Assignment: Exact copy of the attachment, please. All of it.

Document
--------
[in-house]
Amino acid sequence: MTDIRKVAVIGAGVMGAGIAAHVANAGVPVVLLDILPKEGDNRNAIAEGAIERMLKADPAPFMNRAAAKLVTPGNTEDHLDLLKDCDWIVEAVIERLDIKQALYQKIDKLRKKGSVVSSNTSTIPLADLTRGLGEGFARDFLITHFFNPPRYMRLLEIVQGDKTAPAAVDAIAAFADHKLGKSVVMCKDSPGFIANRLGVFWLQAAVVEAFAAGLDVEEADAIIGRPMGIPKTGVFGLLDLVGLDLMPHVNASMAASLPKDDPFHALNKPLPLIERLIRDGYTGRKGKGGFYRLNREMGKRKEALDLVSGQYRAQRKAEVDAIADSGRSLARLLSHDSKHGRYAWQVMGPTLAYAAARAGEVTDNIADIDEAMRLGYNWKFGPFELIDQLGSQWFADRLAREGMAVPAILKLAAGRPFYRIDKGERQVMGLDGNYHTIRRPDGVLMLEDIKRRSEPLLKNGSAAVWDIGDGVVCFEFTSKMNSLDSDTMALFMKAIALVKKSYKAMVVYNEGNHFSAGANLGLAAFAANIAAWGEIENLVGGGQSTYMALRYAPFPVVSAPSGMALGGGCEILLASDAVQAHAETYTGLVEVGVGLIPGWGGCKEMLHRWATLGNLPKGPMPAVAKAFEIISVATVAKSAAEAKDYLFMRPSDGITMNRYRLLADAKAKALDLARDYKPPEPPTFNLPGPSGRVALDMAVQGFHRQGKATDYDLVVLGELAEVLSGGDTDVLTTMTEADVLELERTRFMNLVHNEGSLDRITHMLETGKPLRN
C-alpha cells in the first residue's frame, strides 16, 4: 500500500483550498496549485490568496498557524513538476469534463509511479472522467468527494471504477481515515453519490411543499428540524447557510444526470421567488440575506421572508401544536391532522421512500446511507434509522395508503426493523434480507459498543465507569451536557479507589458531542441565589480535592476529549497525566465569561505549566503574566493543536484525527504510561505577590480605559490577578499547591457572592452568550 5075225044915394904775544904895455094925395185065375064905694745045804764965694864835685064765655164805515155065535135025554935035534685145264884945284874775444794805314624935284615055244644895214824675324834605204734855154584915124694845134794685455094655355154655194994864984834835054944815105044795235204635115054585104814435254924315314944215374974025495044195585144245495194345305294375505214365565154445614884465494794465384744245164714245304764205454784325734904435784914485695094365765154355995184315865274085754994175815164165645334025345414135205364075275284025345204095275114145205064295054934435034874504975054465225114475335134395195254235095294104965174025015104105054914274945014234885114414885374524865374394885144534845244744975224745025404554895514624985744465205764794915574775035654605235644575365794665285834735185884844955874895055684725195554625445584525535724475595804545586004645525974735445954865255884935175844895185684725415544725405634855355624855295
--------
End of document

[in-house]
Amino acid sequence: MTDIRKVAVIGAGVMGAGIAAHVANAGVPVVLLDILPKEGDNRNAIAEGAIERMLKADPAPFMNRAAAKLVTPGNTEDHLDLLKDCDWIVEAVIERLDIKQALYQKIDKLRKKGSVVSSNTSTIPLADLTRGLGEGFARDFLITHFFNPPRYMRLLEIVQGDKTAPAAVDAIAAFADHKLGKSVVMCKDSPGFIANRLGVFWLQAAVVEAFAAGLDVEEADAIIGRPMGIPKTGVFGLLDLVGLDLMPHVNASMAASLPKDDPFHALNKPLPLIERLIRDGYTGRKGKGGFYRLNREMGKRKEALDLVSGQYRAQRKAEVDAIADSGRSLARLLSHDSKHGRYAWQVMGPTLAYAAARAGEVTDNIADIDEAMRLGYNWKFGPFELIDQLGSQWFADRLAREGMAVPAILKLAAGRPFYRIDKGERQVMGLDGNYHTIRRPDGVLMLEDIKRRSEPLLKNGSAAVWDIGDGVVCFEFTSKMNSLDSDTMALFMKAIALVKKSYKAMVVYNEGNHFSAGANLGLAAFAANIAAWGEIENLVGGGQSTYMALRYAPFPVVSAPSGMALGGGCEILLASDAVQAHAETYTGLVEVGVGLIPGWGGCKEMLHRWATLGNLPKGPMPAVAKAFEIISVATVAKSAAEAKDYLFMRPSDGITMNRYRLLADAKAKALDLARDYKPPEPPTFNLPGPSGRVALDMAVQGFHRQGKATDYDLVVLGELAEVLSGGDTDVLTTMTEADVLELERTRFMNLVHNEGSLDRITHMLETGKPLRN
C-alpha cells in the first residue's frame, strides 16, 4: 500500500483550498496549485490568496498557524513538476469534463509511479472522467468527494471504477481515515453519490411543499428540524447557510444526470421567488440575506421572508401544536391532522421512500446511507434509522395508503426493523434480507459498543465507569451536557479507589458531542441565589480535592476529549497525566465569561505549566503574566493543536484525527504510561505577590480605559490577578499547591457572592452568550 5075225044915394904775544904895455094925395185065375064905694745045804764965694864835685064765655164805515155065535135025554935035534685145264884945284874775444794805314624935284615055244644895214824675324834605204734855154584915124694845134794685455094655355154655194994864984834835054944815105044795235204635115054585104814435254924315314944215374974025495044195585144245495194345305294375505214365565154445614884465494794465384744245164714245304764205454784325734904435784914485695094365765154355995184315865274085754994175815164165645334025345414135205364075275284025345204095275114145205064295054934435034874504975054465225114475335134395195254235095294104965174025015104105054914274945014234885114414885374524865374394885144534845244744975224745025404554895514624985744465205764794915574775035654605235644575365794665285834735185884844955874895055684725195554625445584525535724475595804545586004645525974735445954865255884935175844895185684725415544725405634855355624855295